5-10 years

78

What systems are affected by autonomic drugs?

The SNS and PNS systems. The drugs can:
Activate PNS
Inactivate PNS (NOT the same as SNS)
Activate specific receptors of SNS
Inactivate specific receptors of SNS

79

What is a cholinomimetic?

Stimulates the PNS Ach Muscarinic (?M) receptor

80

Cholinomemetics: How do direct cholinergic agonists work?

They bind to the PNS Muscarinic Ach receptor and stimulate it.

81

Cholinomimetics: How do indirect agonists work?

They inhibit the AChE, which means that the ACh is degraded at a slower rate.
Aka anti-acetylchoinesterases

82

What does AChE do?

Breaks down ACh into choline and acetate (thus inactivating it)

83

-chol is what drugs?

Cholinergic agonists (at the PNS muscarinic receptor)
eg Bethanechol, Carbachol

84

Bethanechol

Cholinomimetic - Direct Agonist of M ACh receptor.
Used for post-op ileus, neurogenic ileus, urinary retention
(makes you more leaky)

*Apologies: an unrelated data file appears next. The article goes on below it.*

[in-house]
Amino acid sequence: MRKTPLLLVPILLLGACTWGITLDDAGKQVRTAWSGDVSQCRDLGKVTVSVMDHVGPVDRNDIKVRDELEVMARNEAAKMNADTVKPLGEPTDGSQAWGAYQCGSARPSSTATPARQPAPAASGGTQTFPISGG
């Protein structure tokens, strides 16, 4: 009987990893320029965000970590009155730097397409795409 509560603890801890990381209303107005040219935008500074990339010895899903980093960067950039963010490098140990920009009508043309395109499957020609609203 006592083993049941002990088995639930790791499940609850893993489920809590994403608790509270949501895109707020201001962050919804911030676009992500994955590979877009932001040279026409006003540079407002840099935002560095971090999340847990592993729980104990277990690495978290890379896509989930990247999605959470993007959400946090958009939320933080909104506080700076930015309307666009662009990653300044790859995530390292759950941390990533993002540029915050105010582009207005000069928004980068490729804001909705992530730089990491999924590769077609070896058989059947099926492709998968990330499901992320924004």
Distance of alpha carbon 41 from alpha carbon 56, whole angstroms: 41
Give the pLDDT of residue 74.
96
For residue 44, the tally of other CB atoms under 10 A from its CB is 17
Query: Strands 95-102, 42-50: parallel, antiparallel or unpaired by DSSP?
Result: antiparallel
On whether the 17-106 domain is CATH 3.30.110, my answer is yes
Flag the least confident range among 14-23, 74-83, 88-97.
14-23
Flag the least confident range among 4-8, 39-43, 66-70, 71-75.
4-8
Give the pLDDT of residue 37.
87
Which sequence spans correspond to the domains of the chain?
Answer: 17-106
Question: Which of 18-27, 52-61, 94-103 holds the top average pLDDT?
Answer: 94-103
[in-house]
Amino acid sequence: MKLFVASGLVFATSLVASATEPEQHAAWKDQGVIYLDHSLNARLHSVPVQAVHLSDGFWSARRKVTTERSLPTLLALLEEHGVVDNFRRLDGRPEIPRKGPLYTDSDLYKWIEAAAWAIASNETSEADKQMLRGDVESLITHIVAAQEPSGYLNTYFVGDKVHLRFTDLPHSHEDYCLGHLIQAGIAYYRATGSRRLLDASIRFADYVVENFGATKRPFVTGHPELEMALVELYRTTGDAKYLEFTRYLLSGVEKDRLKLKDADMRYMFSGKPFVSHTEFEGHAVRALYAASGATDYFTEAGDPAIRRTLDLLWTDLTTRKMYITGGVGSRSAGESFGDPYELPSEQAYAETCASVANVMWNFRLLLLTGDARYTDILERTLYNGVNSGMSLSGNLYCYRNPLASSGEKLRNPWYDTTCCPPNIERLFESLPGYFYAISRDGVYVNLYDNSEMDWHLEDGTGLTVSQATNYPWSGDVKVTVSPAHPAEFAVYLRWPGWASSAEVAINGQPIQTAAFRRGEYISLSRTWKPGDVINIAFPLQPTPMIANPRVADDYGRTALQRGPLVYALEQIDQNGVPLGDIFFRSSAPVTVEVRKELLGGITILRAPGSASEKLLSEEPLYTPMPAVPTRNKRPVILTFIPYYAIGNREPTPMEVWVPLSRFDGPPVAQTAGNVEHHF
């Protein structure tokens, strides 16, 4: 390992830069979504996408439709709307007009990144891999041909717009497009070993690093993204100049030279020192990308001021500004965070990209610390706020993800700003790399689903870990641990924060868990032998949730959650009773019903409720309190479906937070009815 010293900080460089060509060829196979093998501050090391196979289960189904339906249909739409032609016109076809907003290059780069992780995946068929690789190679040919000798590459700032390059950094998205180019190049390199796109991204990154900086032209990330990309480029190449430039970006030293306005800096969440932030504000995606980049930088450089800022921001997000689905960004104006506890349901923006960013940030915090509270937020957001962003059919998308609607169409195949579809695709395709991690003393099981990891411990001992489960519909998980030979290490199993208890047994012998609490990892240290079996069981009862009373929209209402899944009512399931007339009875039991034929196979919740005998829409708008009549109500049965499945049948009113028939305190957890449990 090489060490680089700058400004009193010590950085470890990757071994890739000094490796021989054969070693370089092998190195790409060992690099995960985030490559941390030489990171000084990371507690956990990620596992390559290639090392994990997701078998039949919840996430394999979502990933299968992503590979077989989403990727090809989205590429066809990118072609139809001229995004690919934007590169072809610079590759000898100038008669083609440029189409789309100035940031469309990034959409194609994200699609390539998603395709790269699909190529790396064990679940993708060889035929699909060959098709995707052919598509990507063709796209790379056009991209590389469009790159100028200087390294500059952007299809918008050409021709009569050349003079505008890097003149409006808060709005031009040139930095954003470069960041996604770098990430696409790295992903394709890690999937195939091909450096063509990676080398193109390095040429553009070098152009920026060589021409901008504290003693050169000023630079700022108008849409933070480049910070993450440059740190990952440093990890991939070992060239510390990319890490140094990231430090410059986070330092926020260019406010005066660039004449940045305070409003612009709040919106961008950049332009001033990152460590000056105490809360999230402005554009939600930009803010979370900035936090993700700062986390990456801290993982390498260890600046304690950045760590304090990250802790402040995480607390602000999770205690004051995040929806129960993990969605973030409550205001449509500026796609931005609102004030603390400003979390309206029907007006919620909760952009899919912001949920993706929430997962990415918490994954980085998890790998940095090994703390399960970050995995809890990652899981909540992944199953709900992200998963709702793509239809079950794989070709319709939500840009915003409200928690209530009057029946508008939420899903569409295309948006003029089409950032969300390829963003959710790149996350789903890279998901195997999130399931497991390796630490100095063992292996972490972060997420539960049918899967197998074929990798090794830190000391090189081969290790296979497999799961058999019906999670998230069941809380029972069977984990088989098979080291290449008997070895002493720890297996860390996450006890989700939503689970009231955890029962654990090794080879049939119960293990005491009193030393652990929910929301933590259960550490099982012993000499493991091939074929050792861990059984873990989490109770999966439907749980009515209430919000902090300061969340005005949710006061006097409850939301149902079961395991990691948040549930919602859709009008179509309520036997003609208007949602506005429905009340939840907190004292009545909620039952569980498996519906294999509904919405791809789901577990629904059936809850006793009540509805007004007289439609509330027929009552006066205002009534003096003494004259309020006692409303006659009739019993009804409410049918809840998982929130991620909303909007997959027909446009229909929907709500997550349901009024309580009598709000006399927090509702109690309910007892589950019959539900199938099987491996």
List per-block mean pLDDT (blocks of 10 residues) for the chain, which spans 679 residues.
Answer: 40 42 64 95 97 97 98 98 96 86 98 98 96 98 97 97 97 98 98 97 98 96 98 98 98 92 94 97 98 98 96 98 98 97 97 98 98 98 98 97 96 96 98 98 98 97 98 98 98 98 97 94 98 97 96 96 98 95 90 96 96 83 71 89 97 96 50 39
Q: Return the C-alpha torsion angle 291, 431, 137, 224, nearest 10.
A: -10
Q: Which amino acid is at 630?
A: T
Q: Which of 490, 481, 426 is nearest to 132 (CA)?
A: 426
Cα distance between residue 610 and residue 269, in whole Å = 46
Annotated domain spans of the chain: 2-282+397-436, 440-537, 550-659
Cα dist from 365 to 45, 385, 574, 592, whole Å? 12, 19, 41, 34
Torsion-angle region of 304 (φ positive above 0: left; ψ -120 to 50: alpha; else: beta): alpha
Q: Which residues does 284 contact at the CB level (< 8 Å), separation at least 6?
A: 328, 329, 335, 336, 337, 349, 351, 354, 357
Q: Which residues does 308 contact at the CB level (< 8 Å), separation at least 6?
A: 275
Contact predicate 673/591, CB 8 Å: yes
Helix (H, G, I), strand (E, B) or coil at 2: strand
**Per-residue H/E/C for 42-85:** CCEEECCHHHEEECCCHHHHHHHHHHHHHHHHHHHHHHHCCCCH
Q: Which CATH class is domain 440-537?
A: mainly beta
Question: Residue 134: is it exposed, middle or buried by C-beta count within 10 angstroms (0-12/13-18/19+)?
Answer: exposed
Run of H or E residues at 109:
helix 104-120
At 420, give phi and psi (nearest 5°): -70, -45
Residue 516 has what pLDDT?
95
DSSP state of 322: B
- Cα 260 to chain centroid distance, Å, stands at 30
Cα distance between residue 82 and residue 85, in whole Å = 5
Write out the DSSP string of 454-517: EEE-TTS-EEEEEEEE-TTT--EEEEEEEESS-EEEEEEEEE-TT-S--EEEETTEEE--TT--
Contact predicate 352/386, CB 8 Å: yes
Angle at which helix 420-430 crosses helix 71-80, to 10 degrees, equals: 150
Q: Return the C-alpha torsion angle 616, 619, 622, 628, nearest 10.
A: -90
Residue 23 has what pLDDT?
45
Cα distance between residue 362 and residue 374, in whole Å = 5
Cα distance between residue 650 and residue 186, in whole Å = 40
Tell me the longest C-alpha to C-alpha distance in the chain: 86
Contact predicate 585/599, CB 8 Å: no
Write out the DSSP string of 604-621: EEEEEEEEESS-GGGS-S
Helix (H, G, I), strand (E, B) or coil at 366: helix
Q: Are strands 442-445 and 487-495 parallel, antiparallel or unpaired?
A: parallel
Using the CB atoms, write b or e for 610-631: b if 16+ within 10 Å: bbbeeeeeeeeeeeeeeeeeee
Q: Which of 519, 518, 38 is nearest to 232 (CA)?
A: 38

85

Carbachol

Cholinomimetic - Direct Agonist of M ACh receptor.
Used for glaucoma, pupillary contraction, and rls of interocular prs (so basically, glaucoma)

86

What is glaucoma?

Elevated interocular pressure

87

Pilocarpine

Cholinomimetic - Direct Agonist of M ACh receptor.
Used for glaucomic emergencies. Also stim's sweat, tears, saliva (makes you more leaky)
Contracts ciliary musc of eye for open angle glauc, contracts pupillary spincter for narrow angle glauc.
Resistant to AChE

88

Methacholine

Cholinomimetic - Direct Agonist of M ACh receptor.
Used as a challenge test for asthma- causes bronchoconstriction. (so get asthma symptoms when you take it)

89

Neostigmine

Cholinomimetic - Indirect Agonist of M ACh receptor. (Anti-AChE)
Used for post-op ileus, neurogenic ileus, urinary retention, MysGrav, reversal of NMJ blockade post-op.
NEO = NO CNS penetration

90

-stigmine

AChE inhibitor (Indirect agonist)

91

What is Myasthenia Gravis?

Ab to the ACh receptor. Px with ptosis (droopy eyelid) or diplopia (dbl vision) which worsens throughout day.

92

What are the paralyzing agents (anesthesia)?

Succanylcholine
Rocuronium
Vecuronium
These cause NMJ blockade. Use neostigmine to reverse their effect.

93

Pyridostigmine

Cholinomimetic - Indirect Agonist of M ACh receptor. (Anti-AChE)
Used for MysGrav (long-term)
No CNS penetration.
Gets "rid" of MysGrav

94

Edrophonium aka Tensilon

Cholinomimetic - Indirect Agonist of M ACh receptor. (Anti-AChE)
Dx MysGrav, v short acting- if sympt of MysGrav go away when you give it, pt has MysGrav

95

Myasthenia Gravis is related to problems with which organ?